It is very easy to associate risks with places and events outside the home, but every day thousands of people are injured within their home by accidents that could have been avoided. Here are four simple ways of reducing the risk of injury or death to household members.
For more information about staying healthy at home see Footsteps 74.
To prevent fires occurring in the home:
- keep cooking fires enclosed
- keep matches away from children and children away from fires
- keep a covered bucket of water, sand or dirt, or a fire extinguisher near the stove
- keep flammable and toxic materials, such as gasoline, paint and solvents, out of the house and in well-sealed containers. Keep them far from any heat source
- make sure electrical equipment is safe, wired correctly and is covered
- make sure electric lines are properly installed and grounded
- never run electric wires under carpets, mats or thatch roof materials
- avoid connecting many electric extension cords together to form one long cord. Do not overload sockets with too many appliances
- do not install outlets or switches where they can get wet from water pipes, taps, sinks or rain.
If smoke alarms are available, put one in your house to warn you if a fire has started and give you time to leave the building.
A well cover helps prevent the water from becoming polluted from wastewater or objects falling in the well. It also makes the well safer for children. A simple cover can be made using concrete and reinforcing wire.
Another option for making wells safer is to build a wall around the edge of the well. This will help prevent people and objects falling in.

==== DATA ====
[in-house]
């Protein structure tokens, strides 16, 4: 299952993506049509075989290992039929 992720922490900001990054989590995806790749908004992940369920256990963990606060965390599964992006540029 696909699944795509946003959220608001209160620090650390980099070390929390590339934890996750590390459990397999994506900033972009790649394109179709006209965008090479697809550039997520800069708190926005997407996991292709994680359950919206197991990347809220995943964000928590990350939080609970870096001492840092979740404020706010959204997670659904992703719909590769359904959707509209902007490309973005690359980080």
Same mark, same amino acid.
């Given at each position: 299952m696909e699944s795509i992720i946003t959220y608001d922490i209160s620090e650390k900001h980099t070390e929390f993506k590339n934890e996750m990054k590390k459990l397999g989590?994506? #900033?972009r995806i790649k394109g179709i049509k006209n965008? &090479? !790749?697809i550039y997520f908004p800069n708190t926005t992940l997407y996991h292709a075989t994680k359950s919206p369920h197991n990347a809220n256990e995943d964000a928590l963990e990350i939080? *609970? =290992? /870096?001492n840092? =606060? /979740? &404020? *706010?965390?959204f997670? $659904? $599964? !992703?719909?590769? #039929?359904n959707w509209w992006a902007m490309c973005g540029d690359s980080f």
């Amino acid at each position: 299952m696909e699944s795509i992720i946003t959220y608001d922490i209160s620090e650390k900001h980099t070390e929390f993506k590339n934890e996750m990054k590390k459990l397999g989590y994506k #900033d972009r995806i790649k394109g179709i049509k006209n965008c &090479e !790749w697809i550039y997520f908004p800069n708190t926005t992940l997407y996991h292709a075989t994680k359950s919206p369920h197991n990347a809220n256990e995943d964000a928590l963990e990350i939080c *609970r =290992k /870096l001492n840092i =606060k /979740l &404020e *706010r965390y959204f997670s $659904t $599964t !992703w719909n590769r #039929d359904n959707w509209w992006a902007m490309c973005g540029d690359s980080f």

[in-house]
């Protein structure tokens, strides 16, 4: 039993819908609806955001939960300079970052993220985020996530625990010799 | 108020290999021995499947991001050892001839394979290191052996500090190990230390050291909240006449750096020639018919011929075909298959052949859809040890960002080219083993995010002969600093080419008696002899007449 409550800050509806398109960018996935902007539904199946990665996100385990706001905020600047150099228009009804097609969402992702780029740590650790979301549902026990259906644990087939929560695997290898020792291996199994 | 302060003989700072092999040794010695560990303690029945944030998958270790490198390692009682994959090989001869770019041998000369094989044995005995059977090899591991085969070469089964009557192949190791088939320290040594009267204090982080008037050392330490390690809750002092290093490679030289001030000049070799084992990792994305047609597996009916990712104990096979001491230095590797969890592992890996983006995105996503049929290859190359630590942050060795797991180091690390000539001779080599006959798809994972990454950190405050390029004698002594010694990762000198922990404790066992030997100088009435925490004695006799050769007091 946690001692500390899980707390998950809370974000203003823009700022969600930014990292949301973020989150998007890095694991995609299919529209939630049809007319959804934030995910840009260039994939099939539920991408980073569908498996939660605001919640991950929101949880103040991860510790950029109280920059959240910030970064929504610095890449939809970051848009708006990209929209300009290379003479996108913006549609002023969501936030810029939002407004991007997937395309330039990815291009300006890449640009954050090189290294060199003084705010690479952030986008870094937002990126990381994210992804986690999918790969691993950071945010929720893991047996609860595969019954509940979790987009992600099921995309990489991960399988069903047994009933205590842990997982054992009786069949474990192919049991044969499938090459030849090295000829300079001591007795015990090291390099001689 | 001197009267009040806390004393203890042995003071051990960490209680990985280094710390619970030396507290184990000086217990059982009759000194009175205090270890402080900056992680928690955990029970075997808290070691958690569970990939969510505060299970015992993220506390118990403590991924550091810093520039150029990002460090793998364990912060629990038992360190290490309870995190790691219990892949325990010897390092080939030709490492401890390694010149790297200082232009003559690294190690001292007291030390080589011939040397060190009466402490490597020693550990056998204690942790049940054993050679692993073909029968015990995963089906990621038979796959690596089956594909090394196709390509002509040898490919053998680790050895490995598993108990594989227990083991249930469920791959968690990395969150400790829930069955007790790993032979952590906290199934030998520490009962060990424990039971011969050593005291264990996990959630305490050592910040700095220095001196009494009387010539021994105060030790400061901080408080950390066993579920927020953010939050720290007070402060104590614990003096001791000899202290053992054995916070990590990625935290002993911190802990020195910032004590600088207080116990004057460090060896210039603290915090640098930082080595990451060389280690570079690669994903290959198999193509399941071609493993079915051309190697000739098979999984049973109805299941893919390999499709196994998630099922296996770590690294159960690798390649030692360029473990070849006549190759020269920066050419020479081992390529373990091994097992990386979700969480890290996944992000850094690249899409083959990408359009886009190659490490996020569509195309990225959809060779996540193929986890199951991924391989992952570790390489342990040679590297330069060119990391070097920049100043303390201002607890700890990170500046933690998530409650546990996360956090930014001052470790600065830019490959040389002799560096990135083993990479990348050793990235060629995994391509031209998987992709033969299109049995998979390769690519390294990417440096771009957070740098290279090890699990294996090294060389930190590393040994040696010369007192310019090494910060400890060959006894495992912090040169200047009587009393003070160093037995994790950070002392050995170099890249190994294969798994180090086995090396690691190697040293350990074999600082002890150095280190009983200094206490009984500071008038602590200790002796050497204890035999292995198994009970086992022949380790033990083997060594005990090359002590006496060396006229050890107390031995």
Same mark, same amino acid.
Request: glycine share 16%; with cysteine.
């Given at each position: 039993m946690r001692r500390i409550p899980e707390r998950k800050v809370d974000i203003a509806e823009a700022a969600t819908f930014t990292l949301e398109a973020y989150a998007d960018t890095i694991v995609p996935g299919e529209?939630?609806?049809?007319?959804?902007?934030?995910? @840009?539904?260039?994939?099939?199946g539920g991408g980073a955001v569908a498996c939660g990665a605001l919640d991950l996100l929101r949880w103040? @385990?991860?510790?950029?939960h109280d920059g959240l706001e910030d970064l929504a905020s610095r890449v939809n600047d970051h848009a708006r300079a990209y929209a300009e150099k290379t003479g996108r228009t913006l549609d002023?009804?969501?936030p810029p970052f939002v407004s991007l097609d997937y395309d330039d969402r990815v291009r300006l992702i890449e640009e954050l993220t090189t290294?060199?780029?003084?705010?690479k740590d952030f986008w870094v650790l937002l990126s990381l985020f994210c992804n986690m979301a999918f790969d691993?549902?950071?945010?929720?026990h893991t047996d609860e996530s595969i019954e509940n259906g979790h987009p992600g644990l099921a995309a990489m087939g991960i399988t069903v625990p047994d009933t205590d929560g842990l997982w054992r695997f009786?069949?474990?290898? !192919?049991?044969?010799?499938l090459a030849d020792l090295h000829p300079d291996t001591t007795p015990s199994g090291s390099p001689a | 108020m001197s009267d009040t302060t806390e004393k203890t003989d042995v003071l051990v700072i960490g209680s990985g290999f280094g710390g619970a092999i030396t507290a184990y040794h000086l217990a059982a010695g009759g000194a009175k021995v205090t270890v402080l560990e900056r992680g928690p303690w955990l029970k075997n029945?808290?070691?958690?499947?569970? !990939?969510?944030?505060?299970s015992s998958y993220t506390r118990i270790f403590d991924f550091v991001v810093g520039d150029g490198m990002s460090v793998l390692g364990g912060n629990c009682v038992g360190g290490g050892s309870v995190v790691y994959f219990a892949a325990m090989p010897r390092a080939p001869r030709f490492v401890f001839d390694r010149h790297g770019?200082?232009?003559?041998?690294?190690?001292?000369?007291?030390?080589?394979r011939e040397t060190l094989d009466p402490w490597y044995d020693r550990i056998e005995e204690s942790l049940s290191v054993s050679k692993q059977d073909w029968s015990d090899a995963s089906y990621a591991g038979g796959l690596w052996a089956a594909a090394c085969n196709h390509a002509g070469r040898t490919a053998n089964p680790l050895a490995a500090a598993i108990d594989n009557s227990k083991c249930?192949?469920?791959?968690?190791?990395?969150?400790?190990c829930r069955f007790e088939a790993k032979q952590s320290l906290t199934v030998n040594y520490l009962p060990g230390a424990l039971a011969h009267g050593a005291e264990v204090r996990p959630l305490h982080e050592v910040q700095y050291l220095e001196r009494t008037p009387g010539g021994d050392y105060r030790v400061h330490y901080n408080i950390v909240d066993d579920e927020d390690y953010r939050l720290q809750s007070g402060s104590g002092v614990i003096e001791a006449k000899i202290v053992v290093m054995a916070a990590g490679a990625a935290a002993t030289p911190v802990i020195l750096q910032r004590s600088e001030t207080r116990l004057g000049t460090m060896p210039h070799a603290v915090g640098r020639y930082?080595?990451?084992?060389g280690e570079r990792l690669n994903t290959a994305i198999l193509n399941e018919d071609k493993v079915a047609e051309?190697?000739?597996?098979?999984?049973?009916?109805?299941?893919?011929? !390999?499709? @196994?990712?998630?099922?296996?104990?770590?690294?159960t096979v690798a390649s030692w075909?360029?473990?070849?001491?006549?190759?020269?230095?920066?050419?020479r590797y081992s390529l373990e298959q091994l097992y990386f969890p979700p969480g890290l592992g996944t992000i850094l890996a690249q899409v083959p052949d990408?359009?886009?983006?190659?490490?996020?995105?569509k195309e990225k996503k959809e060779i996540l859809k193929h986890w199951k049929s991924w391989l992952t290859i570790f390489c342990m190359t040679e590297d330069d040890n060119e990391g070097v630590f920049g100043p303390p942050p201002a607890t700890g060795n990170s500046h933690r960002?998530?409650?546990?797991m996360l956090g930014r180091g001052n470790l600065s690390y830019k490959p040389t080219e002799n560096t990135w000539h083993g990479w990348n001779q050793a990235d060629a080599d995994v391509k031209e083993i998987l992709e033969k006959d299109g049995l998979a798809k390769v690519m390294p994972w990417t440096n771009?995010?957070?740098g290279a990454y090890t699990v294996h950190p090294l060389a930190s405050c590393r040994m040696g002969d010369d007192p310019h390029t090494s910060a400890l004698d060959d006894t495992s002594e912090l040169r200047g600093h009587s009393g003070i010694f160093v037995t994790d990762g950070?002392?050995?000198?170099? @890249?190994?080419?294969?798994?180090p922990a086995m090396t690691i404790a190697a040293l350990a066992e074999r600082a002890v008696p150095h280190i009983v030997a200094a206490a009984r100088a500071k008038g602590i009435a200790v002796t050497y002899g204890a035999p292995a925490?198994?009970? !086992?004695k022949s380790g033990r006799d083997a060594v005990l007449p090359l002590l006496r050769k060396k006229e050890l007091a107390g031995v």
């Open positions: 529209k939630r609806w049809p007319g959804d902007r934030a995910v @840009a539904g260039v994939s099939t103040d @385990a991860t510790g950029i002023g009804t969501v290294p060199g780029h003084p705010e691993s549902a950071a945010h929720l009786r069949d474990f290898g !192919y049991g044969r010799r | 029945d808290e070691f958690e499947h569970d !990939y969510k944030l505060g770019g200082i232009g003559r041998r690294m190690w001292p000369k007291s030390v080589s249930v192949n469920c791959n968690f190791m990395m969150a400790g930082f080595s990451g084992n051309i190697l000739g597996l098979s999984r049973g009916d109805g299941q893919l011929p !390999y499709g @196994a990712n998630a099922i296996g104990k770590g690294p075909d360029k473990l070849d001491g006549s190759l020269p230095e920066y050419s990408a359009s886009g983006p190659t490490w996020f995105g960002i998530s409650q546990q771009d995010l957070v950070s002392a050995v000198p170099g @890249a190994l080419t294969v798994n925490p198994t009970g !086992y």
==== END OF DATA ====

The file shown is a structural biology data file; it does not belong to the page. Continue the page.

Making a natural refrigerator
Keeping foods cold, such as fruits, vegetables, meat and milk, will slow down the rotting process. Eating rotten food can make you very ill. A method called the ‘Pot-in-Pot’ is able to keep foods cool in dry, hot climates where there is no electricity.
Leave the Pot-in-Pot in a dry, open place
out of the sun. As dry air surrounds it,
water in the sand passes through the outer
surface of the larger pot. When the water
passes from the sand, the inner container
is cooled, slowing the reproduction of
harmful germs and preserving the food
inside. The sand must not be allowed
to become completely dry. The only
maintenance is washing and replacing
the sand every so often.
Making safer cleaning
Many modern cleaning products are
made with toxic chemicals which make
people sick. When these toxic chemicals
are breathed in, swallowed or absorbed
through the skin, they can cause health
problems immediately or illnesses that
may appear years later. Often cleaning
with soap and water is just as good,
safer and less costly than using chemical
products. Natural cleaners can be stored
more easily because they are safer, do not
go bad and do not need to stay cold. But
they should still be kept out of the reach
Article compiled by Rebecca Dennis using
information from A community guide to
environmental health, by Jeff Conant and Pam
Fadem, published by Hesperian. See Resources,
page 5, for details about how to order.